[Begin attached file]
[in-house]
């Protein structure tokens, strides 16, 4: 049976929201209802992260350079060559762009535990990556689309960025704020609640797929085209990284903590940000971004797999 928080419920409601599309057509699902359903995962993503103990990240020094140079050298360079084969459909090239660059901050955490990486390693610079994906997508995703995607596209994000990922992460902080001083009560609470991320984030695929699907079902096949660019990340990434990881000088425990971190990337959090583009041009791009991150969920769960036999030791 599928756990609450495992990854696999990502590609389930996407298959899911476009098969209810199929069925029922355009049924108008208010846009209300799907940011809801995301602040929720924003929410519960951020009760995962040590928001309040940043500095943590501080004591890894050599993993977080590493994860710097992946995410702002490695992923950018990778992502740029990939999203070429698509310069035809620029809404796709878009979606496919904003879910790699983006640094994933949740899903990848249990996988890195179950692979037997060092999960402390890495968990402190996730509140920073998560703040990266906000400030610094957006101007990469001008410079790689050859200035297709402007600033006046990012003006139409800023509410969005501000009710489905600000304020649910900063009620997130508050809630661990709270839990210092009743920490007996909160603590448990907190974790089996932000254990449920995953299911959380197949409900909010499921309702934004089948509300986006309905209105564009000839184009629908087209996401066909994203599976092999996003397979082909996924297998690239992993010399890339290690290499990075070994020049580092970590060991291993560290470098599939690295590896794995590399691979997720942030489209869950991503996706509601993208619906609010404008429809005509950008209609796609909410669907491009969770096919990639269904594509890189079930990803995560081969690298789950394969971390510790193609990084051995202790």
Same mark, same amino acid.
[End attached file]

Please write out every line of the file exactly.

[in-house]
């Protein structure tokens, strides 16, 4: 049976929201209802992260350079060559762009535990990556689309960025704020609640797929085209990284903590940000971004797999 928080419920409601599309057509699902359903995962993503103990990240020094140079050298360079084969459909090239660059901050955490990486390693610079994906997508995703995607596209994000990922992460902080001083009560609470991320984030695929699907079902096949660019990340990434990881000088425990971190990337959090583009041009791009991150969920769960036999030791 599928756990609450495992990854696999990502590609389930996407298959899911476009098969209810199929069925029922355009049924108008208010846009209300799907940011809801995301602040929720924003929410519960951020009760995962040590928001309040940043500095943590501080004591890894050599993993977080590493994860710097992946995410702002490695992923950018990778992502740029990939999203070429698509310069035809620029809404796709878009979606496919904003879910790699983006640094994933949740899903990848249990996988890195179950692979037997060092999960402390890495968990402190996730509140920073998560703040990266906000400030610094957006101007990469001008410079790689050859200035297709402007600033006046990012003006139409800023509410969005501000009710489905600000304020649910900063009620997130508050809630661990709270839990210092009743920490007996909160603590448990907190974790089996932000254990449920995953299911959380197949409900909010499921309702934004089948509300986006309905209105564009000839184009629908087209996401066909994203599976092999996003397979082909996924297998690239992993010399890339290690290499990075070994020049580092970590060991291993560290470098599939690295590896794995590399691979997720942030489209869950991503996706509601993208619906609010404008429809005509950008209609796609909410669907491009969770096919990639269904594509890189079930990803995560081969690298789950394969971390510790193609990084051995202790």
Same mark, same amino acid.